VIRUS TODAY: President Biden extends ban on foreclosures

Here’s what’s happening Tuesday with the coronavirus pandemic in the U.S.:

THREE THINGS TO KNOW TODAY

— President Joe Biden is extending a ban on housing foreclosures to June 30 to help homeowners struggling during the coronavirus pandemic.

The moratorium on foreclosures of federally guaranteed mortgages had been set to expire March 31.

Census Bureau figures show that almost 12% of homeowners with mortgages were late on their payments.

The White House says the coordinated actions announced Tuesday by the Departments of Housing and Urban Development, Veterans Affairs and Agriculture also will extend to June 30 the enrollment window for borrowers who want to request pauses or reductions in mortgage payments.

— One year into the COVID-19 pandemic, millions of N95 masks are pouring out of U.S. factories and heading into storage. 

Yet there still aren’t nearly enough going to hospitals. An Associated Press investigation finds that this logistical breakdown is due to federal failures over the past year to coordinate supply chains.

Internal emails also show there were deliberate decisions to withhold vital information about new mask manufacturers and availability.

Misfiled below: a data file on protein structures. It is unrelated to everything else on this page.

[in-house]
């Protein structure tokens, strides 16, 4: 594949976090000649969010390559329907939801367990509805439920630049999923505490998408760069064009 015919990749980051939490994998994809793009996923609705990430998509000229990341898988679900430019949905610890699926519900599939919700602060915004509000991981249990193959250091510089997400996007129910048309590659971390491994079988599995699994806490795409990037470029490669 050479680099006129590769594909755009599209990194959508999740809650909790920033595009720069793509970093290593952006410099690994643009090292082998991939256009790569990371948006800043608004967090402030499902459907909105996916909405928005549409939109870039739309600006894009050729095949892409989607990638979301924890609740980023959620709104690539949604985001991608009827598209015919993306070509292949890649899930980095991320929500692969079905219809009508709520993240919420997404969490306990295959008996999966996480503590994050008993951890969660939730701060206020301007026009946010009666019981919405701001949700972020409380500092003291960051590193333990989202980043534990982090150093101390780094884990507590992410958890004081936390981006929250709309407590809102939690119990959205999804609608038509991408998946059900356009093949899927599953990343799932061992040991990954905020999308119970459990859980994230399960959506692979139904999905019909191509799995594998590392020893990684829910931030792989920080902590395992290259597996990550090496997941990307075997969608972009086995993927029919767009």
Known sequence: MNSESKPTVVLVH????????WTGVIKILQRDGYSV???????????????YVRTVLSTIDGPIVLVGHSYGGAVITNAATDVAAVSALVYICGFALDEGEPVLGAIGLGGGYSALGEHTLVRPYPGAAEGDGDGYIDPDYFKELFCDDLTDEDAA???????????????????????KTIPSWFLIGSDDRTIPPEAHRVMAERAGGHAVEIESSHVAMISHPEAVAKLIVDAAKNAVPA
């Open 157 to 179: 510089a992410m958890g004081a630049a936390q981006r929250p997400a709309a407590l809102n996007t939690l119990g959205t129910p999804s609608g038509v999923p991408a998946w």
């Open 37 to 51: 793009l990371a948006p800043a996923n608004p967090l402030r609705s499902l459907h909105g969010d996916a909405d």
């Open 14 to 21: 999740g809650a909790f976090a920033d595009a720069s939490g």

Exclusive trade data and interviews with manufacturers, hospital associations and frontline medical workers reveal a deadly disconnect — and not an actual shortage — that is depriving doctors, nurses, paramedics and other people risking exposure to COVID-19 of first-rate protection.

— Latinos are facing daunting barriers to getting COVID-19 vaccines, creating a risk for public health as the coronavirus mutates and spreads.

Many are struggling with a lack of knowledge about the shots, state vaccine websites that don’t have Spanish instructions, ways to find appointments in their communities and fears they could be targeted for immigration enforcement.

Ranging from elderly Cuban Americans in Florida to farmworkers in California, Latinos tend to have health problems like diabetes, obesity and hypertension. That makes them one of the groups at highest risk from COVID-19 in the U.S.

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